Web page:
Taylor Trudel, 23, walks along the produce aisle, her black shopping basket swinging lazily at her side. The voice of Canadian singer Bryan Adams floats down softly from the speakers, not quite loud enough to drown out the buzzing of the fluorescent lights. Trudel reaches her hand under the spraying mist of the produce shelf and carefully places some lettuce in her basket.
Trudel balances her job as a supervisor at cosmetics retailer Lush with working various jobs in the music industry: she’s a booking agent, artist manager, and talent buyer. In total, she works 90 hours a week and struggles to find time to grocery shop outside the odd hours of the night. She started shopping at the Sobeys near Broadview and Mortimer Avenues after recently moving to the area.
“I like being by myself. I live alone, I like to shop alone.”
– Taylor Trudel
“I like the quiet,” she says. “I have a lot of social anxiety, so it’s nice I don’t have to talk to or look at as many people at that time. I like being by myself. I live alone, I like to shop alone.”
Trudel says she loves the option of self-checkout because it limits her interaction with people even further.
“Surprisingly, there are usually people (in the store). It’s not busy, but there are people,” she says of her overnight visits.
On this recent visit, only one cashier stood behind a conveyer belt and lighted sign, and two men stocked the shelves and faced the labels of canned goods toward the aisle. A couple laughed with each other while browsing for chips.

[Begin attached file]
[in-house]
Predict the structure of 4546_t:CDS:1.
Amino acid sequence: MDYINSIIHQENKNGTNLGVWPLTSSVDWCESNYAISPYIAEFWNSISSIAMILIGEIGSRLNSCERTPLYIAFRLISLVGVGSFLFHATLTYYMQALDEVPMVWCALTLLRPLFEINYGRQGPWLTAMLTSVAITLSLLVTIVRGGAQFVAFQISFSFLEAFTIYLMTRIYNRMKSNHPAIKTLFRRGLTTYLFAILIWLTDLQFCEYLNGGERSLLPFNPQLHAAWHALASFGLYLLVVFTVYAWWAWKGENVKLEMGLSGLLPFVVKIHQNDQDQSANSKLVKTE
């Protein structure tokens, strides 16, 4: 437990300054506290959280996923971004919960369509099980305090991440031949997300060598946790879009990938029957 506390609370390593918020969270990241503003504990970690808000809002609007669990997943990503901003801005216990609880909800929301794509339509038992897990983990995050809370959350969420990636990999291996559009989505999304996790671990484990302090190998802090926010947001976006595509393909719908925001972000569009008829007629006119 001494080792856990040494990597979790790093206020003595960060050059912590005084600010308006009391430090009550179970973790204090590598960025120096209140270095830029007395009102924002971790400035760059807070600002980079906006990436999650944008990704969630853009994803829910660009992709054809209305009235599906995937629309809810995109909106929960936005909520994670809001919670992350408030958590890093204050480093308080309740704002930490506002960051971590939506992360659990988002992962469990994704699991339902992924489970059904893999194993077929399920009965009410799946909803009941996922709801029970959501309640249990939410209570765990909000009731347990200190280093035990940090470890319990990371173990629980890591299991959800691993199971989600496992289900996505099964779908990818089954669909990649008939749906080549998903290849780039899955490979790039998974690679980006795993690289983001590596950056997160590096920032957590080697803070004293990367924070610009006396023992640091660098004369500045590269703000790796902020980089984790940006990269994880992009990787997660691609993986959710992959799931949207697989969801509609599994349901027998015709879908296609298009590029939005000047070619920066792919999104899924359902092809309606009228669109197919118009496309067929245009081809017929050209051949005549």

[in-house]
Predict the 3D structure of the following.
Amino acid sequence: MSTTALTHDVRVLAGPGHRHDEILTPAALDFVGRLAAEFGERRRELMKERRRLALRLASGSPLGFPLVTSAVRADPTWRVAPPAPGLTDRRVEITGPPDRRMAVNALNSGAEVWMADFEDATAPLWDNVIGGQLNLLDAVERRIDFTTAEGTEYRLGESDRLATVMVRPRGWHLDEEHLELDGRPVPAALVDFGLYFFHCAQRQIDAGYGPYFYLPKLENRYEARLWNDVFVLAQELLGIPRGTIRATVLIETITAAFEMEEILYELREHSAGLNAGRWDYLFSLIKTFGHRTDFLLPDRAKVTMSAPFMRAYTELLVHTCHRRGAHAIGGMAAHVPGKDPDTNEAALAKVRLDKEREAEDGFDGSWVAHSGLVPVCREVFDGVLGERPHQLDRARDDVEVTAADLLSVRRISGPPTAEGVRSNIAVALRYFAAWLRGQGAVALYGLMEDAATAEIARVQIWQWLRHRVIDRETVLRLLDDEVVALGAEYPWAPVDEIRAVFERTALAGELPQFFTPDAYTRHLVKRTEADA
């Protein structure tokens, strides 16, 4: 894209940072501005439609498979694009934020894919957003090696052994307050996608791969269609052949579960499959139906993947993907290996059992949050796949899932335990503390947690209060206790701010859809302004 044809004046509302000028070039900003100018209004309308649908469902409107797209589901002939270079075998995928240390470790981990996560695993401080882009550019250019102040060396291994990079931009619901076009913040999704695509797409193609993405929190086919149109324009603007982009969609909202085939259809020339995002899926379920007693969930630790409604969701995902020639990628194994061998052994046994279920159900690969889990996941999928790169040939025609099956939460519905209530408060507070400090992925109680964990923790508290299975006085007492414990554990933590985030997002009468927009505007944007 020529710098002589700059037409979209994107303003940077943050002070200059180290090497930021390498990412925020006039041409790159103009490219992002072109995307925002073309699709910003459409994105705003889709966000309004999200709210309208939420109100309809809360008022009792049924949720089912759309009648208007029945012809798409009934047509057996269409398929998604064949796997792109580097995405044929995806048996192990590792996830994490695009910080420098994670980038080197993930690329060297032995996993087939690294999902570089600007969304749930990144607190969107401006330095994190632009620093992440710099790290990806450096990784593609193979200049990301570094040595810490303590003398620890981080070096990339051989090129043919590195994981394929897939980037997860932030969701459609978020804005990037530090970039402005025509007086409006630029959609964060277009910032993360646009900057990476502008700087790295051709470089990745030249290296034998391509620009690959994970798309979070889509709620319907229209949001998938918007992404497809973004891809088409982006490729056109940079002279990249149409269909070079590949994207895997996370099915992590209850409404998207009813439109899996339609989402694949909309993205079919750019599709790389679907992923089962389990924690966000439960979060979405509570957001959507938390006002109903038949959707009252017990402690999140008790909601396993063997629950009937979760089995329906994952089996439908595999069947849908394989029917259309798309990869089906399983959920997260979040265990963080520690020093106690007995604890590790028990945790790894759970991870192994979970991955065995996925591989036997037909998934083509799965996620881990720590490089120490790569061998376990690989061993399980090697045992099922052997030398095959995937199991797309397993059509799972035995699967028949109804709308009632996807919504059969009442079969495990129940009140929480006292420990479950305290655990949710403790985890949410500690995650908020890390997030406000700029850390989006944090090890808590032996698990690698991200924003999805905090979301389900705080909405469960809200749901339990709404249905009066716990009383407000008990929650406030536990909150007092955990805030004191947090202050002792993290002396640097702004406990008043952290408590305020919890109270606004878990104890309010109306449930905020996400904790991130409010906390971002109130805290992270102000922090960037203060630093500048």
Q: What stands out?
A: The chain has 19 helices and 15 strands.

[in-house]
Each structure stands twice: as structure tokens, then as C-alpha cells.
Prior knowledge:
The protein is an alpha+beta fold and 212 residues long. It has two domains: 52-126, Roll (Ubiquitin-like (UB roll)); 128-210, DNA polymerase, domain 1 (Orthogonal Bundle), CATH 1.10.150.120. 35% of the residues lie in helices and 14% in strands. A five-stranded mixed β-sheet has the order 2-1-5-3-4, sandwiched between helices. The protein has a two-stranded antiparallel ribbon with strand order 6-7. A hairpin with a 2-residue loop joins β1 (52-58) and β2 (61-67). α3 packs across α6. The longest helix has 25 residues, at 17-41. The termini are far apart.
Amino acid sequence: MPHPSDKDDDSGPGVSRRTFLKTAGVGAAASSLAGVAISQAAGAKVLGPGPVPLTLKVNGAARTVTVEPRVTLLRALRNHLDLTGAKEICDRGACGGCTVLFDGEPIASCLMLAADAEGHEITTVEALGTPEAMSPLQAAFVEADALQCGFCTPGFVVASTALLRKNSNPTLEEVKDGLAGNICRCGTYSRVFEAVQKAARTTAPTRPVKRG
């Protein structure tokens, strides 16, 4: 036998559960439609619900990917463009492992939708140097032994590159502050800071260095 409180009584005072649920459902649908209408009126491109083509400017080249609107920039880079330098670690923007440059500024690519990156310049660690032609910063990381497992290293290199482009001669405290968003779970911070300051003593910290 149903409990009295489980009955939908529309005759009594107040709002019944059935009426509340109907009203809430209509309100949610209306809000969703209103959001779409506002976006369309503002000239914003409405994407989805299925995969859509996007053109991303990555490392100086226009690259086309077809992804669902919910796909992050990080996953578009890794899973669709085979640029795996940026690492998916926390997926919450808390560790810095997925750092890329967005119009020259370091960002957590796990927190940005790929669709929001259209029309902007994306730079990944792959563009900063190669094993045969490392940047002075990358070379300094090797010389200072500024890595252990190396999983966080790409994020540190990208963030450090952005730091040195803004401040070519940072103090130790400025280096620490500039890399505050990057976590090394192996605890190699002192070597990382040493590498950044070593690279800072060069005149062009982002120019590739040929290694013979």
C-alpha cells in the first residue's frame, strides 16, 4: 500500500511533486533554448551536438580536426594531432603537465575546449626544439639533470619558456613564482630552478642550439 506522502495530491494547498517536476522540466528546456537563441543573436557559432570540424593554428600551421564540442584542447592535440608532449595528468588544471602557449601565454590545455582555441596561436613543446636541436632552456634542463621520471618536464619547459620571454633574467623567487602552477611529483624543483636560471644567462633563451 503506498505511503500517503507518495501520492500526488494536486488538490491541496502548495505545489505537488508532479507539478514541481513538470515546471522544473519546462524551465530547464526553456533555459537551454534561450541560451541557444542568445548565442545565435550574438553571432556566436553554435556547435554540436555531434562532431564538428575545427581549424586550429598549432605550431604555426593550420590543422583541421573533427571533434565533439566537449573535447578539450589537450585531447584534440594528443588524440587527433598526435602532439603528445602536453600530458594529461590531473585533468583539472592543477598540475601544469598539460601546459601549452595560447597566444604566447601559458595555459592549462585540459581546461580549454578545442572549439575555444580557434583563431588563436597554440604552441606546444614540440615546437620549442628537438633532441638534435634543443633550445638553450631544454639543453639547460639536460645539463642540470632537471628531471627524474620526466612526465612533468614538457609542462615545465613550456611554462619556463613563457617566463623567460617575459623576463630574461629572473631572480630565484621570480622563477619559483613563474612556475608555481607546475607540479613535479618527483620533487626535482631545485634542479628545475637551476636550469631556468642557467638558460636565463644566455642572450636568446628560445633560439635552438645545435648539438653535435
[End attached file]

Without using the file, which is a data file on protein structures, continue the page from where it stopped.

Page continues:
Although there are a number of 24-hour grocery stores in Toronto, most operate on regular hours. Many of these stores hire overnight workers to clean and stock shelves.
Aaron Switzer, 29, worked the night shift from 10 p.m. to 6 a.m. at the Metro at Pharmacy and Eglinton Avenues in 2013.
“By then (4 a.m.) if I was done stocking and facing the store I could just hide somewhere and try to nap,” he says.
Switzer’s main motivator was the extra $1.50 an hour on his $10.25-an-hour salary and the fact that he would usually be awake at that time anyway. But for Switzer, staying up to work was harder than staying up for leisure. He only worked for a few months before quitting.
Trudel feels the opposite about her trips to the grocery store.
Taylor says that 4 a.m. is one of the only times she gets silence. “It doesn’t feel unnatural to be up so late or early,” she says.
Every few days, Taylor walks alone down her deserted street. Because she’s seldom home due to her restrictive work schedule, she finds that she constantly needs to restock food that has spoiled.
“I’m a vegan, so that means I’m constantly buying fresh vegetables,” she says.
On this night, Taylor loaded up her basket with leafy greens and orange peppers and stopped to pick up a bag of carrots. The beeping of the scanner permeated the quiet storefront.
With her plastic shopping bags in hand, Trudel stepped out into the cool night. Anxious to prep her meals for the work day, she swiftly made her way home.
“Being awake at 4 a.m. has taught me that I love my own company,” she says.
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